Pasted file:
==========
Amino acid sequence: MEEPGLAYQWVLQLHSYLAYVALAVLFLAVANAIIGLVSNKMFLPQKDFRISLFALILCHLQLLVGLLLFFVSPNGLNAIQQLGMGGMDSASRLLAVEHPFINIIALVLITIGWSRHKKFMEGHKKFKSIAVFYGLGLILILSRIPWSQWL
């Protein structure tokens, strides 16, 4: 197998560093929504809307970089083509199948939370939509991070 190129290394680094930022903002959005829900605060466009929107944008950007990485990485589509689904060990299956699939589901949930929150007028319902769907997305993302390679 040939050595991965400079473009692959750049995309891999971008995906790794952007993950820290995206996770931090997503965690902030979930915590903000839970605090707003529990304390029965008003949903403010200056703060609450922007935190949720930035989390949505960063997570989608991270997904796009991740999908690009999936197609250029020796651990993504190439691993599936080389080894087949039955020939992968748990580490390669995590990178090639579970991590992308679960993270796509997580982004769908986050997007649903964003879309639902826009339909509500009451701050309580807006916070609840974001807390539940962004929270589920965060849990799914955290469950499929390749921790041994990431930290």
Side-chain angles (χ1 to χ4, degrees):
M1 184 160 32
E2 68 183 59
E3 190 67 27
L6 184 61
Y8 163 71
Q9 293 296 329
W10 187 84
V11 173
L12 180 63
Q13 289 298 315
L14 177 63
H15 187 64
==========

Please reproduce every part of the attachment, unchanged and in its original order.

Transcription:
Amino acid sequence: MEEPGLAYQWVLQLHSYLAYVALAVLFLAVANAIIGLVSNKMFLPQKDFRISLFALILCHLQLLVGLLLFFVSPNGLNAIQQLGMGGMDSASRLLAVEHPFINIIALVLITIGWSRHKKFMEGHKKFKSIAVFYGLGLILILSRIPWSQWL
């Protein structure tokens, strides 16, 4: 197998560093929504809307970089083509199948939370939509991070 190129290394680094930022903002959005829900605060466009929107944008950007990485990485589509689904060990299956699939589901949930929150007028319902769907997305993302390679 040939050595991965400079473009692959750049995309891999971008995906790794952007993950820290995206996770931090997503965690902030979930915590903000839970605090707003529990304390029965008003949903403010200056703060609450922007935190949720930035989390949505960063997570989608991270997904796009991740999908690009999936197609250029020796651990993504190439691993599936080389080894087949039955020939992968748990580490390669995590990178090639579970991590992308679960993270796509997580982004769908986050997007649903964003879309639902826009339909509500009451701050309580807006916070609840974001807390539940962004929270589920965060849990799914955290469950499929390749921790041994990431930290």
Side-chain angles (χ1 to χ4, degrees):
M1 184 160 32
E2 68 183 59
E3 190 67 27
L6 184 61
Y8 163 71
Q9 293 296 329
W10 187 84
V11 173
L12 180 63
Q13 289 298 315
L14 177 63
H15 187 64